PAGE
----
Posted by: norapillard | July 29, 2010

How Research Informs Our Work: Debates about criteria for evaluation of development interventions

As described in the previous blog post [How do we evaluate what we do and how we do it?], the generally accepted evaluation criteria are: relevance, effectiveness, efficiency, impact, and sustainability.  Thomaz Chianca gathered a group of 10 professional evaluators with experience in international development to discuss possible improvements to the above criteria.  In his article, he articulates some questions for reflection:

(1)   When evaluating relevance and effectiveness we generally use the goals and priorities decided upon by donors, governments or nonprofits.  Does this focus need to shift more to meeting the needs of the targeted population instead of just achieving the project objectives?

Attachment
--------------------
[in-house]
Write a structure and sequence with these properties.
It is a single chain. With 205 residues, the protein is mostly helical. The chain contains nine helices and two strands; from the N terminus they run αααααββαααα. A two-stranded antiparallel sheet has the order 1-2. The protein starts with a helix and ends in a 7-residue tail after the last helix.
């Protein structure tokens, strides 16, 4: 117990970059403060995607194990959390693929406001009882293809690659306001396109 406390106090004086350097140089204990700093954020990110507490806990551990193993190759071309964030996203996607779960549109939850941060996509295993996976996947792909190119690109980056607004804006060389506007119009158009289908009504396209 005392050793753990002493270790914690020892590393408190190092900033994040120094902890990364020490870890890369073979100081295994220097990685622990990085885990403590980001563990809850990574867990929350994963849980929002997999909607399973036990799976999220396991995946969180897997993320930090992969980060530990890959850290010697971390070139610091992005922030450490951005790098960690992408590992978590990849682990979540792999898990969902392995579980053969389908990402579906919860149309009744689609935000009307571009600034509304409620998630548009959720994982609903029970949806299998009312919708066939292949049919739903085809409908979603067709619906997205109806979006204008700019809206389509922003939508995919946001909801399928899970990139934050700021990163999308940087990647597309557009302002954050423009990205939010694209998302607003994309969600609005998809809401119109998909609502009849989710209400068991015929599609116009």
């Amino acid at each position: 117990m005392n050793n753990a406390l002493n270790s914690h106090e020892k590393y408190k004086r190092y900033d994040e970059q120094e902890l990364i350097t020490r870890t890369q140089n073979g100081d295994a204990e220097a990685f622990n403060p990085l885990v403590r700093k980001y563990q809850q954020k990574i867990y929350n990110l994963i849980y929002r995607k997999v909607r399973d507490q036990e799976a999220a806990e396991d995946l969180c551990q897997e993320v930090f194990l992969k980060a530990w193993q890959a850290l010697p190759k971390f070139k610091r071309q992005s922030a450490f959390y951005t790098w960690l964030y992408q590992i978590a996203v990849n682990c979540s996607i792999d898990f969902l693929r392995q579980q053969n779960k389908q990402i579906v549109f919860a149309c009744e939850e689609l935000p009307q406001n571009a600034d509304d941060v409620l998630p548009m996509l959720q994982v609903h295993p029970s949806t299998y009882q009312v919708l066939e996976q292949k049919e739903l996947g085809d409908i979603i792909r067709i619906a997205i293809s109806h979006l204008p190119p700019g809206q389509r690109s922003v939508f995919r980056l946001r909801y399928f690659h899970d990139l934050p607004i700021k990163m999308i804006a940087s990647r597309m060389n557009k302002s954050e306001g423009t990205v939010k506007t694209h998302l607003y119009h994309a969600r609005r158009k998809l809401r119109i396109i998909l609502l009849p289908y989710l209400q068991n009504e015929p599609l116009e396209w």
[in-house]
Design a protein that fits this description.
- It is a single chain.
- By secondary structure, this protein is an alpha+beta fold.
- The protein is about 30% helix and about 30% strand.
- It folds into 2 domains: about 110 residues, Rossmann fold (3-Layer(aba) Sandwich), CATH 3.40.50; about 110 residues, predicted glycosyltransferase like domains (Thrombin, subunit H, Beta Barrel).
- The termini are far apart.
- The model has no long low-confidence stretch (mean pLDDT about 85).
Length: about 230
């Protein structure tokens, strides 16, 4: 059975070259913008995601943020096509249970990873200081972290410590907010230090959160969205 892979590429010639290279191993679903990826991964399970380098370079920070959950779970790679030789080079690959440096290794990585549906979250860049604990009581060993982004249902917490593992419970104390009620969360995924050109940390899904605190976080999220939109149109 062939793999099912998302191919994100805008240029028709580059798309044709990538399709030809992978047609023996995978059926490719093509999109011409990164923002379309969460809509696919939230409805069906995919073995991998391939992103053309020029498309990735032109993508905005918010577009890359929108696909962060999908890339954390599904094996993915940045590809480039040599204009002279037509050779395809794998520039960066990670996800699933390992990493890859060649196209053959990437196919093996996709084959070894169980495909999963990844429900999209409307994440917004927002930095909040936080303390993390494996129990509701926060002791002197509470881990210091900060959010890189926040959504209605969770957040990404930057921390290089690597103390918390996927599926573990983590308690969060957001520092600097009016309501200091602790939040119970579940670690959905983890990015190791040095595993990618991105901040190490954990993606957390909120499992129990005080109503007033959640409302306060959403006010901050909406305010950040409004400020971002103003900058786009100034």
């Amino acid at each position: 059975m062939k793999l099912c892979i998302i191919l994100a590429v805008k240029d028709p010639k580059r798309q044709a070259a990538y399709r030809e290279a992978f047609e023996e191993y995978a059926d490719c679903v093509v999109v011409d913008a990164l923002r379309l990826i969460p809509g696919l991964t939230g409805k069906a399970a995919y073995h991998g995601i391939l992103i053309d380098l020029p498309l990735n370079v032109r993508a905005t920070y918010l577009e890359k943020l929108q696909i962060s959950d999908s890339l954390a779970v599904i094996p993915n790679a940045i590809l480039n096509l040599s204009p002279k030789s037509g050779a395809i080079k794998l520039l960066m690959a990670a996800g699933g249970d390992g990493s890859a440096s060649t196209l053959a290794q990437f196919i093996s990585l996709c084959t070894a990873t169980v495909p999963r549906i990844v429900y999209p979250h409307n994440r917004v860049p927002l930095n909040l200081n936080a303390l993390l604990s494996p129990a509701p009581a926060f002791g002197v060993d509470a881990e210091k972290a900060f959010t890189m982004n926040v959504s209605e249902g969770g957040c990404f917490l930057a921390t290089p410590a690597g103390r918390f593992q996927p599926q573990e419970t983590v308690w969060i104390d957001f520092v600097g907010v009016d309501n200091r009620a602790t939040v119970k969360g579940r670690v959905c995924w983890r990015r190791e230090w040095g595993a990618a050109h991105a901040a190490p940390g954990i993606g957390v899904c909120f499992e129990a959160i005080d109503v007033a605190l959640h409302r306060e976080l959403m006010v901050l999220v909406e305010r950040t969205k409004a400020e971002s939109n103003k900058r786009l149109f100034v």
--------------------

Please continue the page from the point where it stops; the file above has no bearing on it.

• “A good evaluator should never take for granted that the program goals adequately reflect the needs of the target population” (46).

(2)   The criterion related to sustainability clearly includes ideas related to the economic and environmental aspects of a program.  How can this criterion also incorporate political support, socio-cultural adequacy, technological appropriateness and institutional capacity?

  • “This is especially relevant to programs that require direct participation of program recipients to achieve success- e.g., in a water and sanitation intervention” (47).

(3)   Should the five criteria have different weights in an overall evaluation?  Should we incorporate bars- minimum acceptable level of performance on a criterion below which an intervention will be considered fully unacceptable regardless of its performance on other evaluation criteria?

These questions are all important considerations in the way that we evaluate our impact in Waslala.

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